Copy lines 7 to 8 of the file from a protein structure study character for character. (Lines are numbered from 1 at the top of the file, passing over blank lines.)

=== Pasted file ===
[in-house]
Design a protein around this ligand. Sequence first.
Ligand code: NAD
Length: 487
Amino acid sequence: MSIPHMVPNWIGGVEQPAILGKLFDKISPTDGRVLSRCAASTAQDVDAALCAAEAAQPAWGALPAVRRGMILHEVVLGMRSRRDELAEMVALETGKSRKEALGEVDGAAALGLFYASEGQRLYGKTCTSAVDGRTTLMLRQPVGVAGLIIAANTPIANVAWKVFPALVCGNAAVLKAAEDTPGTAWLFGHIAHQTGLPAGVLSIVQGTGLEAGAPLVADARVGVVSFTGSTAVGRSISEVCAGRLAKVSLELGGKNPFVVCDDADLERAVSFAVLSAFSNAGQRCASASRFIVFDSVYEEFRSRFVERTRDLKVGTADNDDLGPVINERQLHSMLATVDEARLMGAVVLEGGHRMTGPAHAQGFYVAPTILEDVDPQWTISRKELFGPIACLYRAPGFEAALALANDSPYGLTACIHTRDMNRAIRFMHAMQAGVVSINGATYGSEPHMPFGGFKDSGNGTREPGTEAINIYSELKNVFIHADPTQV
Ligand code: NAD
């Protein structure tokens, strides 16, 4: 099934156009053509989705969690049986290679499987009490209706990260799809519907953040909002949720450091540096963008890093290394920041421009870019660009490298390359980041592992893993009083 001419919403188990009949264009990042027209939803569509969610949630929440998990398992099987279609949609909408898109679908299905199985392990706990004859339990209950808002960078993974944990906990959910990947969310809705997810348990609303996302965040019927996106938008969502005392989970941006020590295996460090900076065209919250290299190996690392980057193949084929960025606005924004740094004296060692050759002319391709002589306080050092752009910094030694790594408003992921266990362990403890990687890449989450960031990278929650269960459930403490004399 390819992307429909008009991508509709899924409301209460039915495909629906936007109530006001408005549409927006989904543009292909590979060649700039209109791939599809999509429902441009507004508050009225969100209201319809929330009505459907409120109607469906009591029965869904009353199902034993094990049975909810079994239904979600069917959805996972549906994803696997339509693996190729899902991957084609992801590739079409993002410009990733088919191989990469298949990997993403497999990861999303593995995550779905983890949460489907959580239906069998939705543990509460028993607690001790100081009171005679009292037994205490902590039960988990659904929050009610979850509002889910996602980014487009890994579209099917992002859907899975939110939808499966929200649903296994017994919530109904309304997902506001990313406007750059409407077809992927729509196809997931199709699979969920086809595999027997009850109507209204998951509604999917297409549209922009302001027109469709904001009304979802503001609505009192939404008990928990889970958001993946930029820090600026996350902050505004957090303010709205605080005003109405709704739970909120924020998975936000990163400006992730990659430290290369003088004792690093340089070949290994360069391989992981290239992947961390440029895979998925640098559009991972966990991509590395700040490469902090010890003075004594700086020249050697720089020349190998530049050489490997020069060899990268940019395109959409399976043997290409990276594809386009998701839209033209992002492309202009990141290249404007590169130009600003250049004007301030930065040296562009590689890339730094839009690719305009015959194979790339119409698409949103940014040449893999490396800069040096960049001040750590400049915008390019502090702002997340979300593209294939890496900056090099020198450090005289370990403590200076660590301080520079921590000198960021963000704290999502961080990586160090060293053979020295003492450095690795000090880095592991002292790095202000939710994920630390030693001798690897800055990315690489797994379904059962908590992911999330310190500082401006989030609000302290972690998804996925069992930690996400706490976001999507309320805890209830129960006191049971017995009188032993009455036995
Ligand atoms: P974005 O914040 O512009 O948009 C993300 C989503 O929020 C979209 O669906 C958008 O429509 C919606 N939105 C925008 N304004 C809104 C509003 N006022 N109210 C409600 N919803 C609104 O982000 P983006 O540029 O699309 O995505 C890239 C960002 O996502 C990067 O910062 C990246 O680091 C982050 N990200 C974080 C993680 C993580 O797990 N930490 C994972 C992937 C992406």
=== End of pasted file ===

């Protein structure tokens, strides 16, 4: 099934156009053509989705969690049986290679499987009490209706990260799809519907953040909002949720450091540096963008890093290394920041421009870019660009490298390359980041592992893993009083 001419919403188990009949264009990042027209939803569509969610949630929440998990398992099987279609949609909408898109679908299905199985392990706990004859339990209950808002960078993974944990906990959910990947969310809705997810348990609303996302965040019927996106938008969502005392989970941006020590295996460090900076065209919250290299190996690392980057193949084929960025606005924004740094004296060692050759002319391709002589306080050092752009910094030694790594408003992921266990362990403890990687890449989450960031990278929650269960459930403490004399 390819992307429909008009991508509709899924409301209460039915495909629906936007109530006001408005549409927006989904543009292909590979060649700039209109791939599809999509429902441009507004508050009225969100209201319809929330009505459907409120109607469906009591029965869904009353199902034993094990049975909810079994239904979600069917959805996972549906994803696997339509693996190729899902991957084609992801590739079409993002410009990733088919191989990469298949990997993403497999990861999303593995995550779905983890949460489907959580239906069998939705543990509460028993607690001790100081009171005679009292037994205490902590039960988990659904929050009610979850509002889910996602980014487009890994579209099917992002859907899975939110939808499966929200649903296994017994919530109904309304997902506001990313406007750059409407077809992927729509196809997931199709699979969920086809595999027997009850109507209204998951509604999917297409549209922009302001027109469709904001009304979802503001609505009192939404008990928990889970958001993946930029820090600026996350902050505004957090303010709205605080005003109405709704739970909120924020998975936000990163400006992730990659430290290369003088004792690093340089070949290994360069391989992981290239992947961390440029895979998925640098559009991972966990991509590395700040490469902090010890003075004594700086020249050697720089020349190998530049050489490997020069060899990268940019395109959409399976043997290409990276594809386009998701839209033209992002492309202009990141290249404007590169130009600003250049004007301030930065040296562009590689890339730094839009690719305009015959194979790339119409698409949103940014040449893999490396800069040096960049001040750590400049915008390019502090702002997340979300593209294939890496900056090099020198450090005289370990403590200076660590301080520079921590000198960021963000704290999502961080990586160090060293053979020295003492450095690795000090880095592991002292790095202000939710994920630390030693001798690897800055990315690489797994379904059962908590992911999330310190500082401006989030609000302290972690998804996925069992930690996400706490976001999507309320805890209830129960006191049971017995009188032993009455036995
Ligand atoms: P974005 O914040 O512009 O948009 C993300 C989503 O929020 C979209 O669906 C958008 O429509 C919606 N939105 C925008 N304004 C809104 C509003 N006022 N109210 C409600 N919803 C609104 O982000 P983006 O540029 O699309 O995505 C890239 C960002 O996502 C990067 O910062 C990246 O680091 C982050 N990200 C974080 C993680 C993580 O797990 N930490 C994972 C992937 C992406």